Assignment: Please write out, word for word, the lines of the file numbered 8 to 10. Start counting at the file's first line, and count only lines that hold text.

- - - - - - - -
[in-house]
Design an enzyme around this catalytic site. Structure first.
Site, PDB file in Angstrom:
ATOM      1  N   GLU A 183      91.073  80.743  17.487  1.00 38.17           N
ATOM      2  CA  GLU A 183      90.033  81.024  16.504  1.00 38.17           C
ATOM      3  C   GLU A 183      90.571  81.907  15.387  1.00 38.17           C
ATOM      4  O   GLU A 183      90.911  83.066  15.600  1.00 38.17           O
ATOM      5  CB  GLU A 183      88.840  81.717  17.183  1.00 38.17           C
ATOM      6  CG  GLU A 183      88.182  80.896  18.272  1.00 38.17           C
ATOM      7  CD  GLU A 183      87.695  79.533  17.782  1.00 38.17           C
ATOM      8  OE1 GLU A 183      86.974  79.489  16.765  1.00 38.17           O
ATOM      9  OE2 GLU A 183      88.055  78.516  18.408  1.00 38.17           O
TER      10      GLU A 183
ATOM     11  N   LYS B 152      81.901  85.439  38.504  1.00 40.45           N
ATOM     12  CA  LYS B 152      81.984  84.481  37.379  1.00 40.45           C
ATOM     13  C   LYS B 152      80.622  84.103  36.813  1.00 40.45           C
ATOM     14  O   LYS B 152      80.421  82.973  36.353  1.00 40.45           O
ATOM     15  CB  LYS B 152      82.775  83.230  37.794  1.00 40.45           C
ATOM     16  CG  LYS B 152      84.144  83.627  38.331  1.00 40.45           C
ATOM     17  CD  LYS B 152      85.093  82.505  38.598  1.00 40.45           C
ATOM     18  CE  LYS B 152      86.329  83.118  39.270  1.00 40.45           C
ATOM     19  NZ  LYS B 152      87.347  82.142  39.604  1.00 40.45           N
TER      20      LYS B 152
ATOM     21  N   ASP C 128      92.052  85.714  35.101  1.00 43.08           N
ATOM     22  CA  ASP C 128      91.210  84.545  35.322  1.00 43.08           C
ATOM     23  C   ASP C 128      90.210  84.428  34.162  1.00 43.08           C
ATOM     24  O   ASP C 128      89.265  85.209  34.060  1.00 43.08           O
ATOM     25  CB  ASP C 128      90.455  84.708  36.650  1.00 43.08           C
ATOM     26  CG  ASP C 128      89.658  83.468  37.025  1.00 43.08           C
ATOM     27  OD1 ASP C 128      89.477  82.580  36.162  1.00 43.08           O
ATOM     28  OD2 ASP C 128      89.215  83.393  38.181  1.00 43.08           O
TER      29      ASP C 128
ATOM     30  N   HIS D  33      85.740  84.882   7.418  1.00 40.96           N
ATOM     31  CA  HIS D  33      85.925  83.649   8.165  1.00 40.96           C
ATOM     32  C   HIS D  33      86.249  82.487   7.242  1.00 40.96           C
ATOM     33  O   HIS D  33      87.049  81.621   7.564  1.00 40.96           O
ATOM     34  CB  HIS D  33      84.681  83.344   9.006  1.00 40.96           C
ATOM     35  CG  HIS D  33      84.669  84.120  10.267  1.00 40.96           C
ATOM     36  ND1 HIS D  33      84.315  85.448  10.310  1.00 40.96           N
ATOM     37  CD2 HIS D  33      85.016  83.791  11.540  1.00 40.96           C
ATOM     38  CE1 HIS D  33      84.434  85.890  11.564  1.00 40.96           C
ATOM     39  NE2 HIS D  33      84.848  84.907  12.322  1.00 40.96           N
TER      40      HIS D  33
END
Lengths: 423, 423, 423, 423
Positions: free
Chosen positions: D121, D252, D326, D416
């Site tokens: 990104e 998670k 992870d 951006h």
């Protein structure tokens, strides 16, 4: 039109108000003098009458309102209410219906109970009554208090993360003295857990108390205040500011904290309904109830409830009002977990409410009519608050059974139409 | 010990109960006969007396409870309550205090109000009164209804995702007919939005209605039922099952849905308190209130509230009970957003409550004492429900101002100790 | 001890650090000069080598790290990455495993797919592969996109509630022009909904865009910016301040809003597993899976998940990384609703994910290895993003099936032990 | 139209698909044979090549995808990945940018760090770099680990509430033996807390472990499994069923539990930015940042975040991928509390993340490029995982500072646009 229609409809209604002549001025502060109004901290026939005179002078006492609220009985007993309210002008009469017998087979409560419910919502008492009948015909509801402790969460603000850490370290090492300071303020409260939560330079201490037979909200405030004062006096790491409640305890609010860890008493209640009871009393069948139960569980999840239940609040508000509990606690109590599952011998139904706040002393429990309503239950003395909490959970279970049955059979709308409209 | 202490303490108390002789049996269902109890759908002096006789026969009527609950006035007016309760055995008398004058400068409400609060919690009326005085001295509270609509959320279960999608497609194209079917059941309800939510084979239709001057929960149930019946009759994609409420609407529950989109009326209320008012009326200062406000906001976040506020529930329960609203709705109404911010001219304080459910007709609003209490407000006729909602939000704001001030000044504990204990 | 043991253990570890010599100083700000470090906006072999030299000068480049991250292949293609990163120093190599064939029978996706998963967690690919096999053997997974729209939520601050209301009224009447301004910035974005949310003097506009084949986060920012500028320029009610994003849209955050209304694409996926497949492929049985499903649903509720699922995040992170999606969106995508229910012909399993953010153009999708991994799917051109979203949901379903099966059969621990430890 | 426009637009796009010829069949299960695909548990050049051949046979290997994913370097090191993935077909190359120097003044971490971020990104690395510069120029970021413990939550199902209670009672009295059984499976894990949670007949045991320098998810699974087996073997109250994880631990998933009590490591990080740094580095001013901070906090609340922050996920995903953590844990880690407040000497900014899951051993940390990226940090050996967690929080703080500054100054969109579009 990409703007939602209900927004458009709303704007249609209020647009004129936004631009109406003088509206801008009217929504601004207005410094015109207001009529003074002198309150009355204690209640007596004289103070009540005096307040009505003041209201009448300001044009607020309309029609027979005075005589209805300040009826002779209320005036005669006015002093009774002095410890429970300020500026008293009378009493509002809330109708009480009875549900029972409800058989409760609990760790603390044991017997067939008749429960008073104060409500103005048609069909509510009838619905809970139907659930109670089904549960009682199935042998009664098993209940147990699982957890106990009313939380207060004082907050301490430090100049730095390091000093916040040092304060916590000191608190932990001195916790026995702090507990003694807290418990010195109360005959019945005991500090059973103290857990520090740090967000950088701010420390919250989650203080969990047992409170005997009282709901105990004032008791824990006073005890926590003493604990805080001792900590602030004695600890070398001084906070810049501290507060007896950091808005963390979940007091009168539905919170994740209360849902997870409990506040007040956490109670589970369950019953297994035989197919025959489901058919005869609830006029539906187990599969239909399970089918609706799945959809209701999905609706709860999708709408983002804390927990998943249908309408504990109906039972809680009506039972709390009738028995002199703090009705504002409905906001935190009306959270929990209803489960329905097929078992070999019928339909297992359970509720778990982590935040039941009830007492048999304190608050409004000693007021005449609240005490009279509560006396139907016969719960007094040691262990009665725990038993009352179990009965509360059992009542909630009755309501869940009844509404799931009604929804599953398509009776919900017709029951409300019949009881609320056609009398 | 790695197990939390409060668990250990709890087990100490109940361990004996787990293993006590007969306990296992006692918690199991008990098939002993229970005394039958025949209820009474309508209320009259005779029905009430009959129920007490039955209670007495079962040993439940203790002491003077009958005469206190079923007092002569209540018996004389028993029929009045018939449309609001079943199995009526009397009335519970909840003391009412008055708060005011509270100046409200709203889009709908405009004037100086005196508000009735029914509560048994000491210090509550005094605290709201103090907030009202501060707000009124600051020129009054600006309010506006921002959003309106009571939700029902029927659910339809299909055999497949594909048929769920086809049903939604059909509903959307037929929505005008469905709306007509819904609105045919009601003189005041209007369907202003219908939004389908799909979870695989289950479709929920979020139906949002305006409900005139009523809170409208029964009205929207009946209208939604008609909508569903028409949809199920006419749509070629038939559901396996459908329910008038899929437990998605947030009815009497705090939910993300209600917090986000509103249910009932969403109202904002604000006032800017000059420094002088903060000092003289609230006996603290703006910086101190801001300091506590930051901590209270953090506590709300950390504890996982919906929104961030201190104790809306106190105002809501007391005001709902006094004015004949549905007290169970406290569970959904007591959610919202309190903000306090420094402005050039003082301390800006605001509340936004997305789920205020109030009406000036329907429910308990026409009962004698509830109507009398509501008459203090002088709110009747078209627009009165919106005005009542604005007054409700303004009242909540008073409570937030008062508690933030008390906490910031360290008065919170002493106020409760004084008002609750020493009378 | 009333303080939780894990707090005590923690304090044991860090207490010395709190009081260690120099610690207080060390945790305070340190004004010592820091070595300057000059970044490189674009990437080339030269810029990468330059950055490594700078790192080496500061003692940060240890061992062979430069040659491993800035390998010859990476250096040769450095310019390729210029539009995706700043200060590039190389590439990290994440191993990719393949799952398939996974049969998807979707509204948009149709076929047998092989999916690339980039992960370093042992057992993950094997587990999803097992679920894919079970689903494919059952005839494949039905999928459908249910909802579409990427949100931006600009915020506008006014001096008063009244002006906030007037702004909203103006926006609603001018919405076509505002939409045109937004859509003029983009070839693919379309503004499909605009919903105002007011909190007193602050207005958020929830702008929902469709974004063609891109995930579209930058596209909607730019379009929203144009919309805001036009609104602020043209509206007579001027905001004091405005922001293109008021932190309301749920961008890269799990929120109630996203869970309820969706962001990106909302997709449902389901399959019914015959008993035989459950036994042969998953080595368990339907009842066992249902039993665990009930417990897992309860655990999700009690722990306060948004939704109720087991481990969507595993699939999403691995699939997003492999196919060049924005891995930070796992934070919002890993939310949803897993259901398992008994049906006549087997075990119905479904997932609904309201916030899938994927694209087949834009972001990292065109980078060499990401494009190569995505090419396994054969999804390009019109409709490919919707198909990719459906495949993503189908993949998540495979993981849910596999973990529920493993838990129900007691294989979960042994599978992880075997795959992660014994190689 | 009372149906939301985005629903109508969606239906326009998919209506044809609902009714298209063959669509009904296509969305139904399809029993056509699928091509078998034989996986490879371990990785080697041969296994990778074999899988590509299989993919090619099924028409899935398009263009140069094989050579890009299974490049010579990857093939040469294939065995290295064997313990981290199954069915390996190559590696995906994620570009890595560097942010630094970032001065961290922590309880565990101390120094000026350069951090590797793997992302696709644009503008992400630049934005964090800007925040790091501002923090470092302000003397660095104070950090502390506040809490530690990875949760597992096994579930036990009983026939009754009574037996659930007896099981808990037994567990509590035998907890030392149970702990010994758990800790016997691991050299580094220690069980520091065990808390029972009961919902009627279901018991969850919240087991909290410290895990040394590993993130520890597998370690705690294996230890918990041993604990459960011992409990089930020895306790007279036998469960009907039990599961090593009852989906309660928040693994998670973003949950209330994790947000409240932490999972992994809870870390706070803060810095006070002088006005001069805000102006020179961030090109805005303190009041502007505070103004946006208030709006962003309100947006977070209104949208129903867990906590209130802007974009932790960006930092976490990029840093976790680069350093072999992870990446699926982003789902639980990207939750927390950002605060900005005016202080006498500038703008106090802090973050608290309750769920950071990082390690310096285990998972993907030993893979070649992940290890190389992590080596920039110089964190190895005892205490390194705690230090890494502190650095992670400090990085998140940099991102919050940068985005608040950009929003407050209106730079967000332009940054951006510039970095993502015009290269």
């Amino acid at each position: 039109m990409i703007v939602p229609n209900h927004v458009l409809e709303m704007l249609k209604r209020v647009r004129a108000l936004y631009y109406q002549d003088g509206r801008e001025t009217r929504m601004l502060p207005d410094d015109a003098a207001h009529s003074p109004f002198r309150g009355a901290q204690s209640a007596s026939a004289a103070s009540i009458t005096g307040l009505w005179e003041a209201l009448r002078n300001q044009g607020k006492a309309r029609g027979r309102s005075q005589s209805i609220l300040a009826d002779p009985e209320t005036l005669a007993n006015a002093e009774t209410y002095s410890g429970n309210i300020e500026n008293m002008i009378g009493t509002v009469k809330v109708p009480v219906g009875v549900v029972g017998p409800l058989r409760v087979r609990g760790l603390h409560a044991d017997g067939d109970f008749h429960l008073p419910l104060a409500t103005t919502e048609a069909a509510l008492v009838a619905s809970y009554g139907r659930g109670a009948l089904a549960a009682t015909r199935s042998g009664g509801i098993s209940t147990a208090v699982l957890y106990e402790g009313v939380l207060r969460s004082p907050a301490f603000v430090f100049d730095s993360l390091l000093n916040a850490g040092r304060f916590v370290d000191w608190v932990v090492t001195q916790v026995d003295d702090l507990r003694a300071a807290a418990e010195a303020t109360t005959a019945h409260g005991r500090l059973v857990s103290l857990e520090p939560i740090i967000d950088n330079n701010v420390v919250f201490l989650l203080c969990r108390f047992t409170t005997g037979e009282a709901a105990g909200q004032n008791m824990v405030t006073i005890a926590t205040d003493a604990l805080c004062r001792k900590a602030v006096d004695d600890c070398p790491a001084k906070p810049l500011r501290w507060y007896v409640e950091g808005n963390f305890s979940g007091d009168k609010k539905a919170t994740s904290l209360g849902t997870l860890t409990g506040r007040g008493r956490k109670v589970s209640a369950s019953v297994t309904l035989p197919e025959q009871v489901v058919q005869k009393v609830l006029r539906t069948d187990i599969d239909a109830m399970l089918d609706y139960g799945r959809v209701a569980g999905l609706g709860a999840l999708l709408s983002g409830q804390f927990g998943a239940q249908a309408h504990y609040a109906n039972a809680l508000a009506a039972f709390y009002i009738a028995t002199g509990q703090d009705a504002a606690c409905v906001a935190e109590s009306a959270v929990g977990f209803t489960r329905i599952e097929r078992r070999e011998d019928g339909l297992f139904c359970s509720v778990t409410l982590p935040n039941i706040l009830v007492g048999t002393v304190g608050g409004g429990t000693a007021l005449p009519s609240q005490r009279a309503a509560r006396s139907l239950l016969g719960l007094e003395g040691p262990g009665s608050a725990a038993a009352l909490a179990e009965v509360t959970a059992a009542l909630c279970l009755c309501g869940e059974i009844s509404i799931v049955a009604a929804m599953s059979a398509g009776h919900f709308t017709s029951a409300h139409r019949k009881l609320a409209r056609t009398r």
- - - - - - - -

ATOM      5  CB  GLU A 183      88.840  81.717  17.183  1.00 38.17           C
ATOM      6  CG  GLU A 183      88.182  80.896  18.272  1.00 38.17           C
ATOM      7  CD  GLU A 183      87.695  79.533  17.782  1.00 38.17           C